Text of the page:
News & Notes
Cultural organizations oriented toward children, like zoos, science centers, and natural history museums, often seek to deepen engagement with families by offering adult social activities, often on weekend evenings. These activities frequently target young singles or the parents of the small children who enjoy the institution’s daytime offerings.
But what about the grandparents? Recently, I was analyzing data from studies we’re doing with a major zoo and a national science museum, and I was struck by the fact that members of these institutions who do not have children in the household — and are therefore the people most likely to be able to spend an adult evening out — are usually age 55 or older (and frequently over 65).
No doubt many of these individuals are joining these organizations to enjoy visiting with grandchildren. But could there be a missed opportunity here? As older adults with no children in the household, aren’t these the people with the greatest potential to enjoy a night out with other grownups? Aren’t these the very people with the time and money—two things often in short supply for those raising small children—to engage more deeply and socially with these institutions?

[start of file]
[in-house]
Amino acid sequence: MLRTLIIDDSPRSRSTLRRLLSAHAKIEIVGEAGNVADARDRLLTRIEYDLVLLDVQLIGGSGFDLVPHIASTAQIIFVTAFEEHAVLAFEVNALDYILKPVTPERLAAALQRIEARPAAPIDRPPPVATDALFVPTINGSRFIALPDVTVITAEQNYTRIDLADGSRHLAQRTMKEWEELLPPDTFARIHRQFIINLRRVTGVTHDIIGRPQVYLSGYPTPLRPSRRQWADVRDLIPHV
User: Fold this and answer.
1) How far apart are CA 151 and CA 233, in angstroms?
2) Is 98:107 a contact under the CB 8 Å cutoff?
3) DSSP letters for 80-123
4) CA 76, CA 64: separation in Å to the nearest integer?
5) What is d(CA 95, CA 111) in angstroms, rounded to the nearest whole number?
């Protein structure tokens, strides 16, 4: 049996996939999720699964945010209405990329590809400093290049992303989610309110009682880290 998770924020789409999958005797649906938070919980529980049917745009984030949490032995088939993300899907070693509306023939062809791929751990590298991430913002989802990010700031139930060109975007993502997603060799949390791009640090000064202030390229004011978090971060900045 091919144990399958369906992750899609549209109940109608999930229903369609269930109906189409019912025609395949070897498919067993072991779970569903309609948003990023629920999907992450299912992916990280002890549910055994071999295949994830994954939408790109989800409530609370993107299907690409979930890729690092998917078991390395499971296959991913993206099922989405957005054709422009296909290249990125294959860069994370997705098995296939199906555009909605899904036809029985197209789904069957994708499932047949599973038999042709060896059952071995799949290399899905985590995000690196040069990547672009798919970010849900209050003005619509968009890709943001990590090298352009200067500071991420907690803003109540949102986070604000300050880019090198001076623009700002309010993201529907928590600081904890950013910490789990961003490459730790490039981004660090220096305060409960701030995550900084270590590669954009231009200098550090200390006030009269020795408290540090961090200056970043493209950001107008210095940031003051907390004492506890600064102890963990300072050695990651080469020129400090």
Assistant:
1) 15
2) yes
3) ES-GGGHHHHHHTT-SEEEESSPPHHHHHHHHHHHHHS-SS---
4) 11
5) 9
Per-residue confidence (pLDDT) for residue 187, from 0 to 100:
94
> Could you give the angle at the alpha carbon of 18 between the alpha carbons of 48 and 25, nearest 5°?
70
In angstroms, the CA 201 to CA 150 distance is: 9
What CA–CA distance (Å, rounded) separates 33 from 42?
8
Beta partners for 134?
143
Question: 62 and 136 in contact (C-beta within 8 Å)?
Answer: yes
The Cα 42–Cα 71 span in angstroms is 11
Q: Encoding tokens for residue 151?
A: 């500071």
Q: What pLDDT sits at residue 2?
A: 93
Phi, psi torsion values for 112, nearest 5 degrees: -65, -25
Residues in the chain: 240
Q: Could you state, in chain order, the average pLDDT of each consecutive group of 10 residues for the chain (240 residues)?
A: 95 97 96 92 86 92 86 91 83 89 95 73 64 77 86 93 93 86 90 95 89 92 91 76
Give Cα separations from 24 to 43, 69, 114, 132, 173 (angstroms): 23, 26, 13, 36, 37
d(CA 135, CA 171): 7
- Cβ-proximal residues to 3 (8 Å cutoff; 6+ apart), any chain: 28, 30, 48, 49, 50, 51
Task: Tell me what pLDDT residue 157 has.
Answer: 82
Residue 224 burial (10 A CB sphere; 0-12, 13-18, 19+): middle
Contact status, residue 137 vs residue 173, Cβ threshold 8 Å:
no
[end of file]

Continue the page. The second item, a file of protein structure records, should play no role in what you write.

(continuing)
And yet museums tend to market these adult, social evenings primarily to a younger, “hipper” audience. Might child-oriented cultural institutions deepen engagement with an important membership cohort by focusing more of these events on the grandparent generation? If you know of an informal-learning institution that is successfully engaging with this older cohort through social events, I’d love to hear from you.